MSD Education Center
MSD Education Center
Purpose and Overview of the Education Center
Aerospace & Defense Systems/Safety Systems Company, has for a long time been involved in pyrotechnic devices. The company applies this expertise in the development, manufacturing, and sales of products such as inflators for automobile airbags and micro gas generators for seatbelt pretensioners (PGG), and it conducts its business operations on a global scale. Its manufacturing style is more what’s referred to as “assembly-based;” this is very different from the style applied in chemical plant manufacturing, which is known as “process-based.”
The Daicel Safety Systems (DSS) Human Development Center was established as a facility specialized in the development of human resources for assembly-based manufacturing. To keep pace with its globally expanding operations, it became a function of the company’s headquarters in 2018, when it was renamed the MSD Education Center. Also, it plays an integral role in developing the human resources who drive the growth of the Safety Systems business.
The Kanji characters used in its Japanese name signify the following intentions:
1. Collaborate across organizational and regional boundaries and grow together
2. All employees regardless of rank help each other to reach new heights together
3. Provide learning opportunities for those who provide training and those who receive training
The MSD Education Center focuses on the following four missions based on these aspirations as well as the Group’s human resource policy entitled, “People are the Foundation for Our Success,” a belief in the infinite power of our human resources and the Group’s reliance on realizing the full potential of this power.
Human Resource Development for DSS-style Manufacturing
DSS manufactures inflators for automobile airbags, and the Harima Plant is its primary manufacturing site in Japan. Under its motto, “Safety and Quality,” the company strives to strengthen and grow its manufacturing capability while basing its activities on these goals: 1) build an automated assembly line for highly efficient manufacturing, 2) develop multi-skilled workers for a flexible production line, and 3) leverage the latest IoT technology for an integrated management system. The company is therefore focused on developing human resources who contribute to achieving these goals.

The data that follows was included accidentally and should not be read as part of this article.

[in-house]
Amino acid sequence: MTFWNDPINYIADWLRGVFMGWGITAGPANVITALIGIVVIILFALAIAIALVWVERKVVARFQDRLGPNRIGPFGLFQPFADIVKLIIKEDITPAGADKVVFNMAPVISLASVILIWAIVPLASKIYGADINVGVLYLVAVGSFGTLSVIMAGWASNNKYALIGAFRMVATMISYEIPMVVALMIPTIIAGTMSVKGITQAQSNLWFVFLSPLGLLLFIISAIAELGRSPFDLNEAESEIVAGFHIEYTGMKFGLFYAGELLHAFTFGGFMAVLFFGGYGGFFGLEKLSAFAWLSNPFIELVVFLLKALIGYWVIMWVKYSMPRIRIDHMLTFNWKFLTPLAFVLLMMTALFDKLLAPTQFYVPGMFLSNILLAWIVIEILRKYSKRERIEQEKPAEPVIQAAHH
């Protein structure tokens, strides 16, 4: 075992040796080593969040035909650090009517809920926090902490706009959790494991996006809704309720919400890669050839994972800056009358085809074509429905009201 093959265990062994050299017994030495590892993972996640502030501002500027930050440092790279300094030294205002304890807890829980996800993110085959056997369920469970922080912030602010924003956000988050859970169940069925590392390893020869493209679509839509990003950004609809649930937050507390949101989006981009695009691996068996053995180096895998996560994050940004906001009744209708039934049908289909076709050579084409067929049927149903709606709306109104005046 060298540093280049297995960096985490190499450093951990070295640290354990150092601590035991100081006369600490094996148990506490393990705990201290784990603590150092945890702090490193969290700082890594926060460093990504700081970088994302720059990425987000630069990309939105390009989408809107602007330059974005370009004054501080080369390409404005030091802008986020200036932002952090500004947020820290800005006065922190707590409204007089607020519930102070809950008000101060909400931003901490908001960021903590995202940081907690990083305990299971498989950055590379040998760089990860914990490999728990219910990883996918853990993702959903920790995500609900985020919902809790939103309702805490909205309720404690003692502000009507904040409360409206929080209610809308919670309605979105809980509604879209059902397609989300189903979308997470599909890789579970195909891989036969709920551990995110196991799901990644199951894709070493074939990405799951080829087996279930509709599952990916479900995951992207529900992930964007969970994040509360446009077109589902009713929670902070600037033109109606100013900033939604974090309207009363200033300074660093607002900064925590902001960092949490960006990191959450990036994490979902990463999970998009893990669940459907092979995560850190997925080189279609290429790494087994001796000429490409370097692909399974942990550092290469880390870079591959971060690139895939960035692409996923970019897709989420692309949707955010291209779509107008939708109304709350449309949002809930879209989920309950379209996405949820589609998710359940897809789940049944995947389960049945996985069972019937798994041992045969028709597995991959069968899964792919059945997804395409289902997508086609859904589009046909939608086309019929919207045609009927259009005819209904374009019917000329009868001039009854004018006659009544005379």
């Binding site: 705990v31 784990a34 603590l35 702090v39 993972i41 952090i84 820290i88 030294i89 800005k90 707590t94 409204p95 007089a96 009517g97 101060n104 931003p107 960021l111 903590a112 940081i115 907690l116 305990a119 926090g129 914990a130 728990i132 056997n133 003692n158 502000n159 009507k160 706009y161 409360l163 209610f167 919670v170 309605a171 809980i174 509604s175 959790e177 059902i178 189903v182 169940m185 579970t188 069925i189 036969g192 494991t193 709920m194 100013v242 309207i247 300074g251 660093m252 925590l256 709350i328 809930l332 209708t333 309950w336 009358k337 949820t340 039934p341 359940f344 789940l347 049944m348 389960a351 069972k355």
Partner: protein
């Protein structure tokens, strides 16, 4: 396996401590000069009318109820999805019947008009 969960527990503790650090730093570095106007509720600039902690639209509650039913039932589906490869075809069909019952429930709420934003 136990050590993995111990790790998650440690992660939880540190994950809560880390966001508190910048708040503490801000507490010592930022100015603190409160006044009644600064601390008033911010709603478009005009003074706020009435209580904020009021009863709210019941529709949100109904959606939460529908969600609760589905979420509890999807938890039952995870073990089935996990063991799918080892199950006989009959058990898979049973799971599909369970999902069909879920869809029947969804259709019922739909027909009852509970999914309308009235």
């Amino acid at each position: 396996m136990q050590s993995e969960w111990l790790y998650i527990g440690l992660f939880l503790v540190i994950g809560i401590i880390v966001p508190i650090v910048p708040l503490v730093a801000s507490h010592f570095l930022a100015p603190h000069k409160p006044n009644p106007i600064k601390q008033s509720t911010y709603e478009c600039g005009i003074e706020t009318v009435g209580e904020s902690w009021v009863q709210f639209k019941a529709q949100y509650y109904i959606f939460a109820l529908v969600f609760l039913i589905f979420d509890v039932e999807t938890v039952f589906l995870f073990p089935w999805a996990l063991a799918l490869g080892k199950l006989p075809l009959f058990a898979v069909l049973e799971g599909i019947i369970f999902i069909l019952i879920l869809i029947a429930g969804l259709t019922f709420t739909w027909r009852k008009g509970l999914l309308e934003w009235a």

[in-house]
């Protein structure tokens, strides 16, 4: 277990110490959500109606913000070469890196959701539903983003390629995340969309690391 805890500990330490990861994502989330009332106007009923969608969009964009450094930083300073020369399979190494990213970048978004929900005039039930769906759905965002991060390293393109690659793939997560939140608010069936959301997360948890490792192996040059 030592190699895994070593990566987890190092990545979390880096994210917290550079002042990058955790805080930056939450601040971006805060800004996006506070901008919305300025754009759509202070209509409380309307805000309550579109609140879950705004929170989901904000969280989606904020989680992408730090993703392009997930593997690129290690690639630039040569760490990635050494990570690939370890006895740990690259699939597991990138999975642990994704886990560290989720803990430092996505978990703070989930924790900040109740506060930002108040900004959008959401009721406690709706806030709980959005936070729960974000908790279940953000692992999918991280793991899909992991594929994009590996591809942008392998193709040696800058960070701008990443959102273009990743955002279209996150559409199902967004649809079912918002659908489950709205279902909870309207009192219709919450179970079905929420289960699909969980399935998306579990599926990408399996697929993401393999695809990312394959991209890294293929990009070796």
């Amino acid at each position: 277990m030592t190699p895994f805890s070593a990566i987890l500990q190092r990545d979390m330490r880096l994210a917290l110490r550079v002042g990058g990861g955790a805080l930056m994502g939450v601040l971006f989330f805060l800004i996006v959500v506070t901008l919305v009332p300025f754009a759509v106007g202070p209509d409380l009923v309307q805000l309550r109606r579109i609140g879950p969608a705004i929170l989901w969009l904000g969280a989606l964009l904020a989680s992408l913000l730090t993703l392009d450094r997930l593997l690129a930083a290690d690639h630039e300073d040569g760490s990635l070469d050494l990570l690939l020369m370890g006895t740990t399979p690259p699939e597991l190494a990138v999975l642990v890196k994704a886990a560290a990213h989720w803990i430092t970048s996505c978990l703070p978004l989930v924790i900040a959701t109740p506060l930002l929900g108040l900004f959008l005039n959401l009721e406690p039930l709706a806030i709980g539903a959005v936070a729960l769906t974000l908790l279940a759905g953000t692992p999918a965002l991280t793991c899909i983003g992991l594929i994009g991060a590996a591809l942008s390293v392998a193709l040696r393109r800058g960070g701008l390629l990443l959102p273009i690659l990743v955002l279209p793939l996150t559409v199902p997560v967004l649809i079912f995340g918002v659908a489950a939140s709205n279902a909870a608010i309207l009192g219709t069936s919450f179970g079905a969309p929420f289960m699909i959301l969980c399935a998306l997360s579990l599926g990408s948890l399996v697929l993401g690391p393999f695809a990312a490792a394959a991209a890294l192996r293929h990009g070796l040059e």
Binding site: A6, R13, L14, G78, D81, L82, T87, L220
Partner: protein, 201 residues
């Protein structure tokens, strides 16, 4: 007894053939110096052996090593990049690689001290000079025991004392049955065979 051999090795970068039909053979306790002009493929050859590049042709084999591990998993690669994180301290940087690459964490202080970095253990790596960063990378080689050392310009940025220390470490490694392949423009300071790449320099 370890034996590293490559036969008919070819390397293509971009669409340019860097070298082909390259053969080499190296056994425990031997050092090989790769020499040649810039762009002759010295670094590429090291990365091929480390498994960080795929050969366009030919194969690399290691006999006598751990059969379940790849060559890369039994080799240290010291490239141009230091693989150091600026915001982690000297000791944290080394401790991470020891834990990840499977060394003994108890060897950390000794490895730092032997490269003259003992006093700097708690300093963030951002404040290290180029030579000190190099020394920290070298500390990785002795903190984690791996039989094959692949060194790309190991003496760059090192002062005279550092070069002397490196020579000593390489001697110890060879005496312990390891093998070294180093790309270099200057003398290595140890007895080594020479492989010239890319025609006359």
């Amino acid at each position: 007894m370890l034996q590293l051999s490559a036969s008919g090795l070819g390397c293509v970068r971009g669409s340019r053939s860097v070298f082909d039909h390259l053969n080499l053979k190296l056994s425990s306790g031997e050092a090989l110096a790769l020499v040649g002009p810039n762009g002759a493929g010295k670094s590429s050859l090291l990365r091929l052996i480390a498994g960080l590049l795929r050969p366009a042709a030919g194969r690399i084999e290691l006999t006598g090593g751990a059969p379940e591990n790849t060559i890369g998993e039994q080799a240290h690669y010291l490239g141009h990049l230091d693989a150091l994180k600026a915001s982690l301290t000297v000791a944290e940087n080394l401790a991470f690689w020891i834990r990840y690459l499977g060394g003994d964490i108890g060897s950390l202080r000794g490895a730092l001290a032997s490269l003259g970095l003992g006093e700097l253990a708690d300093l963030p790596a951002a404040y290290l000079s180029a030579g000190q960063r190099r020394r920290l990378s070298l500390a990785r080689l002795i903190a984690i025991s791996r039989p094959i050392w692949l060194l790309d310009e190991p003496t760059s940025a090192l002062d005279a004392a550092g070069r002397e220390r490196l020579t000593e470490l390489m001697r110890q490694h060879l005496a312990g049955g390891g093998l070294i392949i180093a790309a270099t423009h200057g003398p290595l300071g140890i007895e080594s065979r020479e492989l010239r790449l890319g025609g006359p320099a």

The MSD Education Center has established its own structure for educational programs, including (1) position-specific programs such as training for new employees, operators, supervisors, and leaders; (2) specialized programs encompassing manufacturing knowledge and skills specific to each job type; and (3) development of certification or qualification systems for specialized or key processes.The educational programs cover the knowledge and skills required for manufacturing processes, including standard procedures based on TPS (Toyota Production System), IE (Industrial Engineering), statistical quality control, problem-solving skills, and equipment maintenance. Trainees acquire this knowledge and the related knowledge and skills through classroom lectures and hands-on experience.
In addition to the standard training rooms, we have three specialized rooms for these lectures: Assembly Dojo, Maintenance Dojo, and Safety Dojo. We use the term “Dojo” to encourage participants to view these facilities as places where they can deepen self-awareness and develop the discipline necessary for independently acquiring and practicing the targeted skills.
This dojo provides training for inflator assembly and also develops trainers for this process. New employees and contractors receive training here using simulation devices as part of their onboarding process. This ensures they have the standard level of knowledge and skills before engaging in production line operations, thus ensuring safety, quality, and operability. In addition, the space is equipped with various simulation devices, each tailored for specific product types and procedures. The devices are used to develop multi-skilled workers and contribute toward building a flexible production line. The dojo also provides training and certifications for operator trainers as well as certifications for critical roles such as visual inspectors, among other services. It consists of a lecture area for classroom lectures and a practice area, equipped with simulators and focused on practical application lectures. In short, this is a place where trainees not only can acquire new knowledge and skills but also receive certifications.。
The focus in this dojo is on the knowledge and skills required for facility maintenance. Trainees are offered basic information about electrical and mechanical engineering as well as practical application lectures on machining processes such as drilling and tapping, electrical wiring, soldering, and sequence programs.